Less than a day after the worldwide Live 8 shows, bootleg DVDs of the concerts were already being offered on eBay. By Tuesday (July 5), the auction company had begun removing the illegal discs from the site following complaints from the British Phonographic Industry, according to a Reuters report.
"The unauthorized copies of Live 8 DVDs we have been told about have been taken down, because the sale of fake items is not permitted on eBay.co.uk," the site said in a statement. A spokesman for Live 8 organizer Bob Geldof said called the people who posted the sales "cretins and scum."
The auction site had already run afoul of Geldof before the shows, when he labeled eBay an "electronic pimp" after users offered tickets to the free London show for sale for hundreds of dollars (see "Live 8 Auctions Pulled After Geldof Urges eBay Protest").
The discs, some of which appeared on the site within 24 hours of the end of Saturday's 10 free concerts, drew bids of up to $31 each and featured footage from both the Philadelphia and London shows, according to Reuters. Especially angered by the sales was record company EMI, which paid millions for the rights to release the official event DVD.
"There are too many people out there who believe music is for stealing, regardless of the wishes of artists and the people who invest in them," said David Martin, director of anti-piracy at the British Phonographic Industry. "Sadly we are not at all surprised by this incident."
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A number of the major acts who performed at the shows have seen their album sales spike in England in the days following the event. According to one of Britain's main music retailers, HMV, the sales of Pink Floyd's album Echoes shot up 1,343 percent on Sunday compared to the week before. The group, which re-formed with bass player Roger Waters for the event (see "Jay-Z, U2, Madonna, Pink Floyd Deliver Live 8 Highlights"), has agreed to give all profits from sales in the wake of Live 8 over to charity and have encouraged other artists and record labels to do the same.
"Though the main objective has been to raise consciousness and put pressure on the G8 leaders, I will not profit from the concert," guitarist David Gilmour said. "If other artists feel like donating their extra royalties to charity, perhaps then the record companies could be persuaded to make a similar gesture and that would be a bonus. This is money that should be used to save lives." Though the spike was partly accounted for by the previous week's low numbers, an HMV spokesperson told Reuters that the sales of nearly 1,000 copies of Echoes was still impressive.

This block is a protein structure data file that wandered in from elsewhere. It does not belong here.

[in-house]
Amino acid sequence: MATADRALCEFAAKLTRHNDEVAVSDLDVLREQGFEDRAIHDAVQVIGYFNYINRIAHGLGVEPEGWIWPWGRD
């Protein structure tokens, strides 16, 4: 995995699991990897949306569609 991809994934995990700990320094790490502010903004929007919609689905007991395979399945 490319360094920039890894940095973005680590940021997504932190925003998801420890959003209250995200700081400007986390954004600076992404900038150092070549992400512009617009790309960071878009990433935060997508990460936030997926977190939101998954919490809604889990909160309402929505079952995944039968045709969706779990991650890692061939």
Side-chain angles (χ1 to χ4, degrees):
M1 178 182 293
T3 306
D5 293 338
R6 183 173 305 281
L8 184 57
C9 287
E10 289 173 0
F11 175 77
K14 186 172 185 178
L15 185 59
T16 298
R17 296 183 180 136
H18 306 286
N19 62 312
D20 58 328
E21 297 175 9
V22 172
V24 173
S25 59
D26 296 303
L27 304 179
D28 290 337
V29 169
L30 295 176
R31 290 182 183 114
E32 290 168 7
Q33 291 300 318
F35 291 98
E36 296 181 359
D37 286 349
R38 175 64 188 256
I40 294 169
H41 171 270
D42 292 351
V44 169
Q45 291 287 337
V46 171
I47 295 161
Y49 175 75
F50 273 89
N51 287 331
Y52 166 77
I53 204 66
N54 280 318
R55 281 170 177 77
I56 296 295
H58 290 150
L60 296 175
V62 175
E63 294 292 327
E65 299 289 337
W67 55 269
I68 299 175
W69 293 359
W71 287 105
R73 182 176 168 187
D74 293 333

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Other albums that had robust bumps included the Who's Then & Now (up 863 percent), the Annie Lennox-fronted Eurythmics Greatest Hits (500 percent) and Dido's Life For Rent (412 percent). Coldplay notched one of the smallest sales increases of the London acts (3%), but still sold the most records with more than 2,800 copies.
Another brisk seller was the London show's opening number, the collaboration between U2 and Paul McCartney on "Sgt. Pepper's Lonely Hearts Club Band." The song was released to legal download services within minutes of its performance and quickly hit #1 on the iTunes charts in Britain, Canada, Ireland, the Netherlands, Germany, Italy and Belgium, according to a report by The Associated Press. The proceeds from the sales will benefit Live 8.
On Monday, the London show's finale — an all-star sing-along to "Hey Jude" led by McCartney — was also offered for download. No sales figures were available at press time.
Get involved: Learn about the poverty crisis in Africa, the proposed solutions, and how you can help. Plus find all of our coverage of the international Live 8 concerts and more at our thinkMTV Live 8 hub.